A: I wish I had a really special and unique morning routine. It’s pretty simple.

  1. Wake up – Never, ever use the snooze button!
  2. Use the bathroom, put my contacts in, change into my running clothes that I laid out the night before.
  3. Drink a glass of water and then begin my dynamic warm up.
  4. Head out the door!

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Q: Any tips for runners who want to convert to “morning runners”?

A: Give it time! If you are not used to getting up early and being active first thing in the morning, it’s going to really suck for a couple of weeks. But then your body gets used to it and it becomes automatic. Patience!

Q: Please feel free to add anything else you like, or anything I might have forgotten to ask and you know it is important!

A: I always want to remind runners to be safe. Creepers are out in the early morning just as much as at night. Run with a friend if possible, don’t listen to music at all and stay alert.

Thank you so much for taking the time to do this Q&A with my Angela  🙂

So, here you have it guys! apparently there is no mystery or secret as to how to become a morning runner, apart from being patient, sticking with it and don’t give up! I think i will try it myself this coming week and see how it works out!!

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THE BLIND RUNNER – When will power can beat all odds…

Hello friends 🙂

I hope everyone is having a great Monday so far! I am so excited to share an incredible story with you today. Christos Zotos, is a runner, a BLIND runner! I connected with him through my coach, Maria Polyzou, and of course I asked him to share his story with us. I have to admit, when I logged in to my email the other day, and started reading his story I had tears in my eyes… It is incredible to see what humans are capable of when we want something really bad… It is amazing to see how far someone’s hopes, dreams and sheer will power may take him! I believe Christos should be an inspiration, an example for all of us! Thank you so much for giving me the opportunity to share your story, Christos!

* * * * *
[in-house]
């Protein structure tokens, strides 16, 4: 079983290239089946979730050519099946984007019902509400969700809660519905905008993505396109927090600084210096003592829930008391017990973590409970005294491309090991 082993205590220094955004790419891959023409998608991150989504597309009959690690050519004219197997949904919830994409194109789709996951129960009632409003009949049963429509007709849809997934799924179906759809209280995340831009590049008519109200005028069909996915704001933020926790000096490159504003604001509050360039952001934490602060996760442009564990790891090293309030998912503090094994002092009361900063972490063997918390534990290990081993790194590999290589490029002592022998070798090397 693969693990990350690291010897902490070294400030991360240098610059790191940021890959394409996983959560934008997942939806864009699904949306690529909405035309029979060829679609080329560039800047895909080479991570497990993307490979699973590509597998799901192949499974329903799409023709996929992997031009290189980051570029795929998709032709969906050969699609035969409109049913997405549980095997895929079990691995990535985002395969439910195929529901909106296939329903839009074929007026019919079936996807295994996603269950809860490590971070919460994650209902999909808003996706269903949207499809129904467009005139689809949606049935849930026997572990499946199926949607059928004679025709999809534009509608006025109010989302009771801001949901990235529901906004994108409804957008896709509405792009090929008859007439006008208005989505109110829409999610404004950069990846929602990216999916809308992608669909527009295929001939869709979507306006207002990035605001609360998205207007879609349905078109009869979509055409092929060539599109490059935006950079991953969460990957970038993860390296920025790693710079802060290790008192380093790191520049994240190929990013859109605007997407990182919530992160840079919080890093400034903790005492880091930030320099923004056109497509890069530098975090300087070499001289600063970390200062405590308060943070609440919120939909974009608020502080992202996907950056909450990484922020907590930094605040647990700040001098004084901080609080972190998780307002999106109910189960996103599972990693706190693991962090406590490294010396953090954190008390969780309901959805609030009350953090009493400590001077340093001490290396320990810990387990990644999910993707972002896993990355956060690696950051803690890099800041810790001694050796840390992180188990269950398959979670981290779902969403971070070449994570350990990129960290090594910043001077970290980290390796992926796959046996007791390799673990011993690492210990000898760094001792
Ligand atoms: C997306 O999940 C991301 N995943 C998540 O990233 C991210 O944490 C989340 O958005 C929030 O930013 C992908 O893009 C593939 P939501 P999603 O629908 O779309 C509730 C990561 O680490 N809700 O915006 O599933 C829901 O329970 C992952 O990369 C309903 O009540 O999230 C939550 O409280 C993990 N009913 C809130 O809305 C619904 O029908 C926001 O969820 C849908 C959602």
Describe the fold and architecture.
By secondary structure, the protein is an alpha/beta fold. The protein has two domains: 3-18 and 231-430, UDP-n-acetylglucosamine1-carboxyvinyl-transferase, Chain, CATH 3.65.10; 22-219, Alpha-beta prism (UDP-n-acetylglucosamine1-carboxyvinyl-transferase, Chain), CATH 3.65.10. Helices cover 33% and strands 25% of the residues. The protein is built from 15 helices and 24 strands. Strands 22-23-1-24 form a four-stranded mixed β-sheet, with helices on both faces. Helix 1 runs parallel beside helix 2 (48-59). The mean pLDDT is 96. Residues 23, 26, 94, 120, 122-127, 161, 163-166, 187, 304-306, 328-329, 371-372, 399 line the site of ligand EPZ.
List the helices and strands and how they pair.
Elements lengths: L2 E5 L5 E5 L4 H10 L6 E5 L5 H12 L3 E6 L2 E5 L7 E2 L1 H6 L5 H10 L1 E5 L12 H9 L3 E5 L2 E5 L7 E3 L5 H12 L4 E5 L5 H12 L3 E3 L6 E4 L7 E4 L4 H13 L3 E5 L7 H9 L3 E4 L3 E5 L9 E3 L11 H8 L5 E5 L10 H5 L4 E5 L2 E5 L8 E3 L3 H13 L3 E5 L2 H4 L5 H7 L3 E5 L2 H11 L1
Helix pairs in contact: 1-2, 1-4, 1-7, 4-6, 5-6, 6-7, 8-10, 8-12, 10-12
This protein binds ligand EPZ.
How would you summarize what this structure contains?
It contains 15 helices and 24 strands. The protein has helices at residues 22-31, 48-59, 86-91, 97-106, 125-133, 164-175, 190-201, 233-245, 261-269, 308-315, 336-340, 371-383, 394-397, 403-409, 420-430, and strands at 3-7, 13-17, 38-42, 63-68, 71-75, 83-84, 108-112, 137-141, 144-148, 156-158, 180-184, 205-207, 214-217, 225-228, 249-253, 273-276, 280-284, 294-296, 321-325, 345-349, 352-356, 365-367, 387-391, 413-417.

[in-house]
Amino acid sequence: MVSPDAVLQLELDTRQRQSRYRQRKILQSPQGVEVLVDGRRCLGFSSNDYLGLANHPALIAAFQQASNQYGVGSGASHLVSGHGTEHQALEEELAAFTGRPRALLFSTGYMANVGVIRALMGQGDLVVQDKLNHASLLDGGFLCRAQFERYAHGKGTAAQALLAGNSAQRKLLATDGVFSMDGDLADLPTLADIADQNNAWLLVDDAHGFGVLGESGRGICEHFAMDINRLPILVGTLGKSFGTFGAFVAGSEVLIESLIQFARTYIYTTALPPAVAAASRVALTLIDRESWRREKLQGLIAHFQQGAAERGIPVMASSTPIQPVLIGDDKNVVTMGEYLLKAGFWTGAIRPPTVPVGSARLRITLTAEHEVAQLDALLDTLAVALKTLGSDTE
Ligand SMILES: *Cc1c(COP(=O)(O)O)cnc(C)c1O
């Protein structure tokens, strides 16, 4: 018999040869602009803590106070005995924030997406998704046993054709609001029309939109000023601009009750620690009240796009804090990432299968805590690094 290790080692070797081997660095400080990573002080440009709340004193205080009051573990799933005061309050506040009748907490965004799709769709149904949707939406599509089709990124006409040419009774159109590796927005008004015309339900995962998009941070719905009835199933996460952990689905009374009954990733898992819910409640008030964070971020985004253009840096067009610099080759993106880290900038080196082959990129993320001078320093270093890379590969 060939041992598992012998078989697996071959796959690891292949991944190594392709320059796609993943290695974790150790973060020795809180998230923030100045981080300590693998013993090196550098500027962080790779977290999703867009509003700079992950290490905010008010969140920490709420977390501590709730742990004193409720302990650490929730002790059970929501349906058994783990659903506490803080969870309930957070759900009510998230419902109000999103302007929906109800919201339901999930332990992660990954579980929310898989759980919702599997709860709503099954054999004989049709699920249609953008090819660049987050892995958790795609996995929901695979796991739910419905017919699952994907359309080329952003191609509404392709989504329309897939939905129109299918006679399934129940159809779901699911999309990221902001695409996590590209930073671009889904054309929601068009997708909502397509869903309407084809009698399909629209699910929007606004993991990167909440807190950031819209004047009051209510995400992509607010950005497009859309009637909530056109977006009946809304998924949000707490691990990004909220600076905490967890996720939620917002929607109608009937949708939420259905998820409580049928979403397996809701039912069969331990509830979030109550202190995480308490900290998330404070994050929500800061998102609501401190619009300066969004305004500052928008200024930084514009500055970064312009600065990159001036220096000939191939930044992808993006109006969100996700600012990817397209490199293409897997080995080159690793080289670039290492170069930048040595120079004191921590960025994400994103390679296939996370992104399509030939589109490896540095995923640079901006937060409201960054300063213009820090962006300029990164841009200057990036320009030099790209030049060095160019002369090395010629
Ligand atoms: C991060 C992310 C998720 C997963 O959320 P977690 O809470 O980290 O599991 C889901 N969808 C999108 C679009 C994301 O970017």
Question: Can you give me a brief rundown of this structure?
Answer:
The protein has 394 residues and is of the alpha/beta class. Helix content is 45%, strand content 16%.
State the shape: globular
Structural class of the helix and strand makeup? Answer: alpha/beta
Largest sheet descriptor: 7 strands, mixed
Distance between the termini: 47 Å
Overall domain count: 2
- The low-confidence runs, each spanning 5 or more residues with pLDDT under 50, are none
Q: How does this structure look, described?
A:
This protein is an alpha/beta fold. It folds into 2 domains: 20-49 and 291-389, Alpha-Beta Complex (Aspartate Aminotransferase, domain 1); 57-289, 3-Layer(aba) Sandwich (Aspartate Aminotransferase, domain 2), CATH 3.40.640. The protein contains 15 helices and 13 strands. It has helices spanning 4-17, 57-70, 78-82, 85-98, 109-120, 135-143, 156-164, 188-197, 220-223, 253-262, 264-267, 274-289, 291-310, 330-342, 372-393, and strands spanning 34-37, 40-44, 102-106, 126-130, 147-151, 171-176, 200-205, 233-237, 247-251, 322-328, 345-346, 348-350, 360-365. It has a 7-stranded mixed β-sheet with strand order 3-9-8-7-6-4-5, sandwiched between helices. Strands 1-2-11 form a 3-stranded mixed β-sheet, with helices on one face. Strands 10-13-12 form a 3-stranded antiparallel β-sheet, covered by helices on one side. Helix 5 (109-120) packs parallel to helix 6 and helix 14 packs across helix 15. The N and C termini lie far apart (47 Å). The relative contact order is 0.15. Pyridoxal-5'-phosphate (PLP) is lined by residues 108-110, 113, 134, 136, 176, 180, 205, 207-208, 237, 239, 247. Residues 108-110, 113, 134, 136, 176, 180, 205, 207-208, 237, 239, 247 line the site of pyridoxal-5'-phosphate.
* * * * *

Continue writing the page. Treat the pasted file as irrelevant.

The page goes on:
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I really hope his story will “touch” you as much as it touched me…

Q: How did you decided to start running and when was that?

A: I loved running since I was a teenager. Running made me feel at peace and offered me aScreen Shot 2016-05-16 at 08.13.07 sense of balance. There is nothing better than running by the sea or in a forest no matter the weather. But running became an integral part of my life in 2001, when I was 41 years old and I turned blind! When this happened to me I lost interest in living my life and I got depressed. I refused to get out of my house for about 6 months and I became overweight at 297 lbs (135kg). After an intervention from family members and friends, I started looking into running for people with disabilities and I discovered that it was yet again possible for me to do something I loved so much, running! I started very slow, in January of 2002, with some walking and later on running. When I made it I felt like my love for running kept me alive and that running gave me my life back! “RUNNING IS LIFE”!

Q: When and where your first race took place? Will you please share your feelings with us?

A: My first race was in August of 2002, in a championship among different running clubs from all around Greece and Cyprus. I competed at 5k and came first with a PB of 23’40’’.